Calcified Tissue International

, Volume 103, Issue 5, pp 512–521 | Cite as

Comparison of Bone Microarchitecture Between Adult Osteogenesis Imperfecta and Early-Onset Osteoporosis

  • Tim RolvienEmail author
  • Julian Stürznickel
  • Felix N. Schmidt
  • Sebastian Butscheidt
  • Tobias Schmidt
  • Björn Busse
  • Stefan Mundlos
  • Thorsten Schinke
  • Uwe Kornak
  • Michael Amling
  • Ralf Oheim
Original Research


Diagnosis and management of adult individuals with low bone mass and increased bone fragility before the age of 50 can be challenging. A number of these patients are diagnosed with mild osteogenesis imperfecta (OI) through detection of COL1A1 or COL1A2 mutations; however, a clinical differentiation from early-onset osteoporosis (EOOP) may be difficult. The purpose of this study was to determine the bone microstructural differences between mild OI and EOOP patients. 29 patients showed mutations in COL1A1 or COL1A2 and were classified as OI. Skeletal assessment included dual-energy X-ray absorptiometry (DXA), high-resolution peripheral quantitative computed tomography (HR-pQCT), and bone turnover serum analyses. Bone microstructure of 21/29 OI patients was assessed and compared to 23 age- and sex-matched patients clinically classified EOOP but without mutations in the known disease genes as well as to 20 healthy controls. In the OI patients, we did not observe an age-dependent decrease in DXA Z-scores. HR-pQCT revealed a significant reduction in volumetric BMD and microstructural parameters in the distal radius and tibia in both the OI and EOOP cohorts compared to the healthy controls. When comparing the bone microstructure of OI patients with the EOOP cohort, significant differences were found in terms of bone geometry in the radius, while no significant changes were detected in all other HR-pQCT parameters at the radius and tibia. Taken together, adult mild OI patients demonstrate a predominantly high bone turnover trabecular bone loss syndrome that shows minor microstructural differences compared to EOOP without mutation detection.


Osteogenesis imperfecta HR-pQCT Collagen type I Early-onset osteoporosis Gene panel sequencing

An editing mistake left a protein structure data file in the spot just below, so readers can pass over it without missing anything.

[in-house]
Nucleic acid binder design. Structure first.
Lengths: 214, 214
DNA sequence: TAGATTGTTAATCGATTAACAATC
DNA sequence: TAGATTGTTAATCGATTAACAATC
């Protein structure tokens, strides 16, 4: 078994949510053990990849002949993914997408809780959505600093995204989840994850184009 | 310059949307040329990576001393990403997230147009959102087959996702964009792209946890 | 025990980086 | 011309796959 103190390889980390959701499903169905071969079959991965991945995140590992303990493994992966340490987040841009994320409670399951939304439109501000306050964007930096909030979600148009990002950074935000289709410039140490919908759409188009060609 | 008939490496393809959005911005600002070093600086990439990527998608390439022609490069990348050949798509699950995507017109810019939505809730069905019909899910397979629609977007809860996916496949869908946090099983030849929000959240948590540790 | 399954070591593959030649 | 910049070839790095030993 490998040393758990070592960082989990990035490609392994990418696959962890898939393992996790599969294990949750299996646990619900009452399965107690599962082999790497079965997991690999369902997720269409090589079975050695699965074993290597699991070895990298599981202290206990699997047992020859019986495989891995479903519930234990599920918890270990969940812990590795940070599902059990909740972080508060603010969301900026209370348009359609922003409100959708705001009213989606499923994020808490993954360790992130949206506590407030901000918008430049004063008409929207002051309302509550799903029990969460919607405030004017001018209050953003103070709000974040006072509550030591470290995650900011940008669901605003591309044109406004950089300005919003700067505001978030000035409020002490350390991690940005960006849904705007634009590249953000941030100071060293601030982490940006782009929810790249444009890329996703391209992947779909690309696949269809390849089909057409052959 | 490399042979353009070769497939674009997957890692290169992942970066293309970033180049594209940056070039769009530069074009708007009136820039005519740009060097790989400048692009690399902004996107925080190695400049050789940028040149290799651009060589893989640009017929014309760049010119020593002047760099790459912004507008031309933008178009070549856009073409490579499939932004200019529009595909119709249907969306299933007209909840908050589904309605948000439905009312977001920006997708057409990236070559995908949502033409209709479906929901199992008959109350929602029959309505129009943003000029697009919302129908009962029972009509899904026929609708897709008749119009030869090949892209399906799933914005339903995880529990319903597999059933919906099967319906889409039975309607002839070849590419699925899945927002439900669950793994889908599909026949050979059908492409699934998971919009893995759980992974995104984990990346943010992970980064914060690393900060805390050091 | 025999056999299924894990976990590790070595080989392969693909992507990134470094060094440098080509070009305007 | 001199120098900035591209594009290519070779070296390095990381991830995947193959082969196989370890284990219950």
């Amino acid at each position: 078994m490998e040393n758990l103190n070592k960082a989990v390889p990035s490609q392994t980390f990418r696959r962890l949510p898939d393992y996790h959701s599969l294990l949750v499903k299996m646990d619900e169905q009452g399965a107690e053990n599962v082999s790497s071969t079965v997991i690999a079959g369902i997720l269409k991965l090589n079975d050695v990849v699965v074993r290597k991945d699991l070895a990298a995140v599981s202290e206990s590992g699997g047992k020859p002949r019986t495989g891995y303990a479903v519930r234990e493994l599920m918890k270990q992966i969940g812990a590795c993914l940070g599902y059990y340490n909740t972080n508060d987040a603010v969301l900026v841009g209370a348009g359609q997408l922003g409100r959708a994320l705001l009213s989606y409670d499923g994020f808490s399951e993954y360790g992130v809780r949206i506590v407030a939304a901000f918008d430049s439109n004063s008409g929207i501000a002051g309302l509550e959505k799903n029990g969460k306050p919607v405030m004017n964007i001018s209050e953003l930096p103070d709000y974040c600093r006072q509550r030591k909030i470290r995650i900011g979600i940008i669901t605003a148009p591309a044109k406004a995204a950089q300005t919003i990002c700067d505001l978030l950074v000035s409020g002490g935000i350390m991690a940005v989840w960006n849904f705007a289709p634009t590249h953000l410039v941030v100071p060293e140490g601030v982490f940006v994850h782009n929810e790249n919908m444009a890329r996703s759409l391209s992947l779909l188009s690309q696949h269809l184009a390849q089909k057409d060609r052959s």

This project has received funding from the European Community’s Seventh Framework Programme under Grant Agreement No. 602300 (SYBIL) and the German Federal Ministry of Education and Research (BMBF) within the project “Detection and Individualized Management of Early Onset Osteoporosis (DIMEOs).” Felix Schmidt acknowledges a PhD stipend of the Joachim Herz Stiftung in cooperation with the PIER initiative of the University of Hamburg and DESY Hamburg.

Compliance with Ethical Standards

Conflict of interest

Tim Rolvien, Julian Stürznickel, Felix N. Schmidt, Sebastian Butscheidt, Tobias Schmidt, Björn Busse, Stefan Mundlos, Thorsten Schinke, Uwe Kornak, Michael Amling, and Ralf Oheim declare that they have no conflict of interest.

Human and Animal Rights and Informed Consent

All procedures performed in studies involving human participants were in accordance with the ethical standards of the institutional and/or national research committee and with the 1964 Helsinki declaration and its later amendments or comparable ethical standards. Informed consent was obtained from all patients for the retrospective and anonymized database studies.

Supplementary material

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Supplementary material 1 (TIFF 1581 KB)
223_2018_447_MOESM2_ESM.docx (26 kb)
Supplementary material 2 (DOCX 25 KB)


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Copyright information

© Springer Science+Business Media, LLC, part of Springer Nature 2018

Authors and Affiliations

  • Tim Rolvien
    • 1
    • 2
    Email author
  • Julian Stürznickel
    • 1
  • Felix N. Schmidt
    • 1
  • Sebastian Butscheidt
    • 1
  • Tobias Schmidt
    • 1
    • 2
  • Björn Busse
    • 1
  • Stefan Mundlos
    • 3
    • 4
    • 5
  • Thorsten Schinke
    • 1
  • Uwe Kornak
    • 3
    • 4
    • 5
  • Michael Amling
    • 1
  • Ralf Oheim
    • 1
  1. 1.Department of Osteology and BiomechanicsUniversity Medical Center Hamburg-EppendorfHamburgGermany
  2. 2.Department of OrthopedicsUniversity Medical Center Hamburg-EppendorfHamburgGermany
  3. 3.Institute of Medical Genetics and Human GeneticsCharité Universitätsmedizin BerlinBerlinGermany
  4. 4.Berlin-Brandenburg School for Regenerative TherapiesCharité-Universitätsmedizin BerlinBerlinGermany
  5. 5.FG Development and DiseaseMax Planck Institute for Molecular GeneticsBerlinGermany

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